what is happening, helping me to see things more clearly. Even more, if there is

a providential element to that beginning, this revisit reminds me that God

doesn't change (see Malachi 3:6). It also reminds me that "he who began a

good work in you will bring it to completion" (Philippians 1:6, ESV).

As a side note, there are three framed Bible verses over m desk. They've been

guideposts of the start of my ministry life over 35 years ago. They are my Life

Verses, my Ministry Verses, and my Passion Verse. They are the truth God gave

me when I answered his call from the business world to full time spiritual and

pastoral leadership. Those verses are a constant reminder of what he said to me

back then. They are a way to revisit the start every time I glance at them.

2. The start reminds us of what has been important in our journey.

More and more the ministry of the Apostle Paul inspires me and many others

who are dealing with the curves and bumps of life's road. In his most trying

hours--- often times of severe persecution and suffering, accusations, threats,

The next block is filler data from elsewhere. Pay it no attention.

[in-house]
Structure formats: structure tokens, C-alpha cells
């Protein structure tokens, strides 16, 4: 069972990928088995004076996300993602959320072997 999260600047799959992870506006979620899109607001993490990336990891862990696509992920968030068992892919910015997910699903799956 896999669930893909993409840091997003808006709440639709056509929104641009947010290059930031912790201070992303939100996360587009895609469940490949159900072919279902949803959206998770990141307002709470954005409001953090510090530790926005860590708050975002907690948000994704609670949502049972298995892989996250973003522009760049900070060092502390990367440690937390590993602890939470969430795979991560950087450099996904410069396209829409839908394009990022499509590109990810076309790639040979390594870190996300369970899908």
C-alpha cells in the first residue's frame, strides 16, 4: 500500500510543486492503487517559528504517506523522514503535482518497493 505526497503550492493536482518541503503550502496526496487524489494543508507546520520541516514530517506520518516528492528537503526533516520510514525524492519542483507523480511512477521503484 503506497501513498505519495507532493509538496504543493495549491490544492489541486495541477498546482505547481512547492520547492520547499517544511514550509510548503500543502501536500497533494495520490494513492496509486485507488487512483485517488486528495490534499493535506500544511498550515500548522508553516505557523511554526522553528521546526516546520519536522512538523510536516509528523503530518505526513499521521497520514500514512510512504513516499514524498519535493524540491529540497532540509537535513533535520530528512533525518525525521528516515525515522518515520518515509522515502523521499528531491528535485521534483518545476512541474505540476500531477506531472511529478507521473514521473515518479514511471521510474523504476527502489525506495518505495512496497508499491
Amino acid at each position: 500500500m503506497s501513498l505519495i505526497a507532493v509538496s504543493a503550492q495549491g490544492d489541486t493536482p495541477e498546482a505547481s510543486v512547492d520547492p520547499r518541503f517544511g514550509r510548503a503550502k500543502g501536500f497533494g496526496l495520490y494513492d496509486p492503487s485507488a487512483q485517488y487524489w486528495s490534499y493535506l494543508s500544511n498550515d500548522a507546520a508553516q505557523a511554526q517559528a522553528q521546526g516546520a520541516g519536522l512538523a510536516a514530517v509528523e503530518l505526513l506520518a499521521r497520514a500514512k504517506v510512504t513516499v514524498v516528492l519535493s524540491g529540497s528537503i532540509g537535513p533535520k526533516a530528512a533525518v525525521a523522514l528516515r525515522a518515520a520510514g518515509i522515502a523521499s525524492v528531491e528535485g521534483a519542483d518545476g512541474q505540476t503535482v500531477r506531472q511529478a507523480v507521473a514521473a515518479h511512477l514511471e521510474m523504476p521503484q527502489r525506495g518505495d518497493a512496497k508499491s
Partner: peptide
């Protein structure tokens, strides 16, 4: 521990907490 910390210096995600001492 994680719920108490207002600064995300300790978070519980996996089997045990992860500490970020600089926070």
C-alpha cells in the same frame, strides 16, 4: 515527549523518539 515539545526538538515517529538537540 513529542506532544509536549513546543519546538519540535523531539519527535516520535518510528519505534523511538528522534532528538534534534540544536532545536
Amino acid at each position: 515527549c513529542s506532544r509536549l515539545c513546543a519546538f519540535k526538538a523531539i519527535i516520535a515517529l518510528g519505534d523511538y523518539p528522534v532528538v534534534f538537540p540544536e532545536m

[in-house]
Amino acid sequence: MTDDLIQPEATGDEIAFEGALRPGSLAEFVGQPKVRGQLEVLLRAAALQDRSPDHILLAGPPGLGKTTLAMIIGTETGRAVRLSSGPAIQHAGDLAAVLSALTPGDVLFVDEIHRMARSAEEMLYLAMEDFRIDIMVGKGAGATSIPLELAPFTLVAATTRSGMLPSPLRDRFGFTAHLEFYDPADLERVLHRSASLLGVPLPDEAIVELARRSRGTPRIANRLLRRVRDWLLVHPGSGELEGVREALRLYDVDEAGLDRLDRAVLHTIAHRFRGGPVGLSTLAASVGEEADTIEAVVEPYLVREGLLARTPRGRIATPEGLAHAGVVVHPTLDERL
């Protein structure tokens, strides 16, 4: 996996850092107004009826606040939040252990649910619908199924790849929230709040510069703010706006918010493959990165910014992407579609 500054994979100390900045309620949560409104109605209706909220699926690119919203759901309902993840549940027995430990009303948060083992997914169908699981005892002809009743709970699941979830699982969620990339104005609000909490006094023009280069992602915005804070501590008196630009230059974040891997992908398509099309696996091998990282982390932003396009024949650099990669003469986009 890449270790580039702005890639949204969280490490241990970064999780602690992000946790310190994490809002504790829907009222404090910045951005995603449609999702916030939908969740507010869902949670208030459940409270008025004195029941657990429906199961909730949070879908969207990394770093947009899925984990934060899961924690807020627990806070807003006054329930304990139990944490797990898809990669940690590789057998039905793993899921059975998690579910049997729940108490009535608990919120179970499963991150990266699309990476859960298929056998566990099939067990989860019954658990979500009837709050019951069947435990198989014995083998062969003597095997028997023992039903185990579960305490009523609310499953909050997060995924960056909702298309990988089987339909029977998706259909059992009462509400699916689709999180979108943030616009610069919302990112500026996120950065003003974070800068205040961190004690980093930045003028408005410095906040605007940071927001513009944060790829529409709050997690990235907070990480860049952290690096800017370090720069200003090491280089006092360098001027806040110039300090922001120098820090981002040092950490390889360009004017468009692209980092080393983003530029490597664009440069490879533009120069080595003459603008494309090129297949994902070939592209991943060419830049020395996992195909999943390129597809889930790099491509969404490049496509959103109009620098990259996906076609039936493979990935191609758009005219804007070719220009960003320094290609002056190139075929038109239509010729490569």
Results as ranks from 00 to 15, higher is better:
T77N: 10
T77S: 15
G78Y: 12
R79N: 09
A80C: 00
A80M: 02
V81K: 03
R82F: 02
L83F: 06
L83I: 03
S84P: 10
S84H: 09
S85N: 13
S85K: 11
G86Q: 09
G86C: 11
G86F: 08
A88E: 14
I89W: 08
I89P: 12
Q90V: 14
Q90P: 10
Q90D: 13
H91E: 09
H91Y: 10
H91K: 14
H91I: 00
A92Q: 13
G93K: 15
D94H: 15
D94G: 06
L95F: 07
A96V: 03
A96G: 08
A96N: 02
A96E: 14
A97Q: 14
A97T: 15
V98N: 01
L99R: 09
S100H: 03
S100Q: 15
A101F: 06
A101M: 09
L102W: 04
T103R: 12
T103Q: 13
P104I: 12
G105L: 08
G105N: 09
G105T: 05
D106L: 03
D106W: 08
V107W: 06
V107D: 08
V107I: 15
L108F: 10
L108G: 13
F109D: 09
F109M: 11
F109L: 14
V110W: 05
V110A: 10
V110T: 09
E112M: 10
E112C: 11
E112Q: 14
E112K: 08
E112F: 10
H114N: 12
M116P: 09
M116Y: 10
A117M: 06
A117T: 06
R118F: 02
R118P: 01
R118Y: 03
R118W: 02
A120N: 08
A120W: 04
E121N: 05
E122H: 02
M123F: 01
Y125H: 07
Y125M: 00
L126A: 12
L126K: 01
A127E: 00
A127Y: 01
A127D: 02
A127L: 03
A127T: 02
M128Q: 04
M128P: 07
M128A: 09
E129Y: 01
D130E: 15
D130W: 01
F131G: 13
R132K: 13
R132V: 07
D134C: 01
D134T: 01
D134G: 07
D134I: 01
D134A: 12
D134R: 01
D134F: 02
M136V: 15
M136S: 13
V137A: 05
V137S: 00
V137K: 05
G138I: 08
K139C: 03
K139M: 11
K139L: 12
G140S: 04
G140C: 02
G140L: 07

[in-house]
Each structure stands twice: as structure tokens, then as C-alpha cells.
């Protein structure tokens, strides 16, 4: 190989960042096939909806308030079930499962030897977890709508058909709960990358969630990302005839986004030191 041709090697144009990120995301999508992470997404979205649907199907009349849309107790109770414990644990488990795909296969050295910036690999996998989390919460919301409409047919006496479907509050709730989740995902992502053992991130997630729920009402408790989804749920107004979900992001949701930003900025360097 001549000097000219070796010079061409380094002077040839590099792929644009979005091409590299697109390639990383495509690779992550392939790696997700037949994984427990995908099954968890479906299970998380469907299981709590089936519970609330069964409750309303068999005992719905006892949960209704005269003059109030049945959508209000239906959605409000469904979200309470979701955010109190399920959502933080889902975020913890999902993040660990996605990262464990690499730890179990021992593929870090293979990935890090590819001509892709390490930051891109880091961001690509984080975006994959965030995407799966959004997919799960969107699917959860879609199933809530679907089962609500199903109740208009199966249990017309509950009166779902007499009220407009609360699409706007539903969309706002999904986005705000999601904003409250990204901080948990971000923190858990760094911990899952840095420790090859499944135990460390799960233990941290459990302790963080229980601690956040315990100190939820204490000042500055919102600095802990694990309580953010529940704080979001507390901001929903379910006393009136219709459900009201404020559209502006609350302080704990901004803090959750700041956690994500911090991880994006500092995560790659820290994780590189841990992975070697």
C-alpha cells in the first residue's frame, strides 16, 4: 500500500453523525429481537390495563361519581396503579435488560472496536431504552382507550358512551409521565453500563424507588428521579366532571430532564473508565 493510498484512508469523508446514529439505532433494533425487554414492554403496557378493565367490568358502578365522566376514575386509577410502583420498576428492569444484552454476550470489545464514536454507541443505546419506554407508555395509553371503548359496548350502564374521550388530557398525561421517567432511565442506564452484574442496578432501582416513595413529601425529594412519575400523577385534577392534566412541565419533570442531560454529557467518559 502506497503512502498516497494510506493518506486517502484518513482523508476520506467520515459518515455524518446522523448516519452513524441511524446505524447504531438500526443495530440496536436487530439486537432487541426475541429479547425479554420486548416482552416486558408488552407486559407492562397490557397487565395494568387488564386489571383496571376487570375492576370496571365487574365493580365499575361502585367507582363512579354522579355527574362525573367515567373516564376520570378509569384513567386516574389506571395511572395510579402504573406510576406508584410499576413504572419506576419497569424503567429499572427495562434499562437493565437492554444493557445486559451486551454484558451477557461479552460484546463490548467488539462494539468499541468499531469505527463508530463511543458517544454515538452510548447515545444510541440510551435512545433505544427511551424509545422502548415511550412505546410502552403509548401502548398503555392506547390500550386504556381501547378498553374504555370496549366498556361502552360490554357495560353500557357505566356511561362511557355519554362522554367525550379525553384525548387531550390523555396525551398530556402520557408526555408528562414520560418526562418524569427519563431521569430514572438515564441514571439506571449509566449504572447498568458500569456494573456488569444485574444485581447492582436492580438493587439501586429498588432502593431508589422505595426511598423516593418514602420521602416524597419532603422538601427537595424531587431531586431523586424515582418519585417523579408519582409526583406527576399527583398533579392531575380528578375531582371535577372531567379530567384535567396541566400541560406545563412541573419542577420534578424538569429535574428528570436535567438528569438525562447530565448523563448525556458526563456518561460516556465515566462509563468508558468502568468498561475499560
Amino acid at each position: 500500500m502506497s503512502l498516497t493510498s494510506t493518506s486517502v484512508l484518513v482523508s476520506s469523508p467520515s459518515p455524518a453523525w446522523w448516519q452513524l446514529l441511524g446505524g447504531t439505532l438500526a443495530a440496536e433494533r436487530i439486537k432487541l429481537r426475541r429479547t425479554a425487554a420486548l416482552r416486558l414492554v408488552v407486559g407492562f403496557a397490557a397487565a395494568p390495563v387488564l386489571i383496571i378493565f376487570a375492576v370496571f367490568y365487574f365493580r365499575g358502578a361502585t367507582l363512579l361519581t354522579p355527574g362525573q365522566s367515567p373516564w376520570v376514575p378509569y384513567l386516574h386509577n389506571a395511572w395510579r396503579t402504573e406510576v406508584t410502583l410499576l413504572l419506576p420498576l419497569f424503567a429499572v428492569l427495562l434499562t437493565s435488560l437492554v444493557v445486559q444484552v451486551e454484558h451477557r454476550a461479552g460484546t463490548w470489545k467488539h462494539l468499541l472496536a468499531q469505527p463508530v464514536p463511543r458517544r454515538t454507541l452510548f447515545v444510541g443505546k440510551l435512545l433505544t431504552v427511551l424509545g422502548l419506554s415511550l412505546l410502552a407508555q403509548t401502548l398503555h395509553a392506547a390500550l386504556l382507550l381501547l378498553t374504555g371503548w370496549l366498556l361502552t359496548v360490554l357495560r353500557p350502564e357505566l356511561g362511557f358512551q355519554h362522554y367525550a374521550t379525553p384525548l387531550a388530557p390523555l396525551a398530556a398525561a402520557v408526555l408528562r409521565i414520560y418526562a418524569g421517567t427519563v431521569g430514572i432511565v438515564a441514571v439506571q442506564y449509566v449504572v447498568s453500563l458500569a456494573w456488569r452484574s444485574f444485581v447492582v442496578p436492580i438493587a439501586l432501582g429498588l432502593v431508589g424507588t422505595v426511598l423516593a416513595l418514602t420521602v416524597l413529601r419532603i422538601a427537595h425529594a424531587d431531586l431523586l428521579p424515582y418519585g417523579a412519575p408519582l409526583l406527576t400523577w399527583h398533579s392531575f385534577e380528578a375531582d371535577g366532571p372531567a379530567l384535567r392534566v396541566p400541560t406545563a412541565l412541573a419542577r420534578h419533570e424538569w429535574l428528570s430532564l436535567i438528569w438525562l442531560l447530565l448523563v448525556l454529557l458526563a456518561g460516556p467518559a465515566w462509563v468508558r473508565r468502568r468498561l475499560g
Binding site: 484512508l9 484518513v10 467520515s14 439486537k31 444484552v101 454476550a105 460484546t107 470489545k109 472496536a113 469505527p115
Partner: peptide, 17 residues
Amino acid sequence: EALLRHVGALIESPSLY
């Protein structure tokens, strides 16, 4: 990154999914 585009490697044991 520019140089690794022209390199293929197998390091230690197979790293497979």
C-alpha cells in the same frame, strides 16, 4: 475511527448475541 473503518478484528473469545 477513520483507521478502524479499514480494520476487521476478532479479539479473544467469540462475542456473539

questions about his Apostolic authority and other hardships---he revisited what

happened to him on that road to Damascus as a reminder of God's faithfulness

in guiding his life. Luke recorded it in Acts 9:1-31. But, Paul revisited that hour

in his Epistles to the churches as a fresh view of how God had guided,

equipped, and sustained him. He referenced that time in Luke's record of Acts

22:6-11, Acts 26: 13-19, Galatians 1:13-17, Philippians 3:4-7, and in many

other indirect phrases. Evidently it was a precious touchstone in his ministry.

Perhaps we too should reflect of the genesis of our life journey too.

3. The start gives greater clarity to our purpose.

If we are real for a moment, our purpose and aim in life may have taken some

turns away from what was originally intended. Revisiting the start gives us

reflection and clarity about where we started as opposed to where we are at

the moment. This revisit enables us to make course corrections and to remedy

drift that may have take us away from the path we originally charted. Paul told

the Corinthians to, "Examine yourselves, to see whether you are in the faith.

Test yourselves. Or do you not realize this about yourselves, that Jesus Christ is

in you?—unless indeed you fail to meet the test!" (2 Corinthians 13:5, ESV).

Going back to the start is a strong reminder of what God intended when he

launched our course.

This next chapter puts me in contact with many leaders who are discouraged, asking critical questions, and are contemplating quitting. At the starting gate, they can often rediscover powerful truth about life, career, mission, and direction. Paul wrote it too.

For the gifts and the calling of God are irrevocable.

Romans 11:29, ESV

Yes, we change and grow and deal with some of the hard things that throw us off course. But, then, there's truth. And, revisiting the start is often just what we need to rediscover it.

In a funk? Ready to quit? Revisit the start for a fresh look.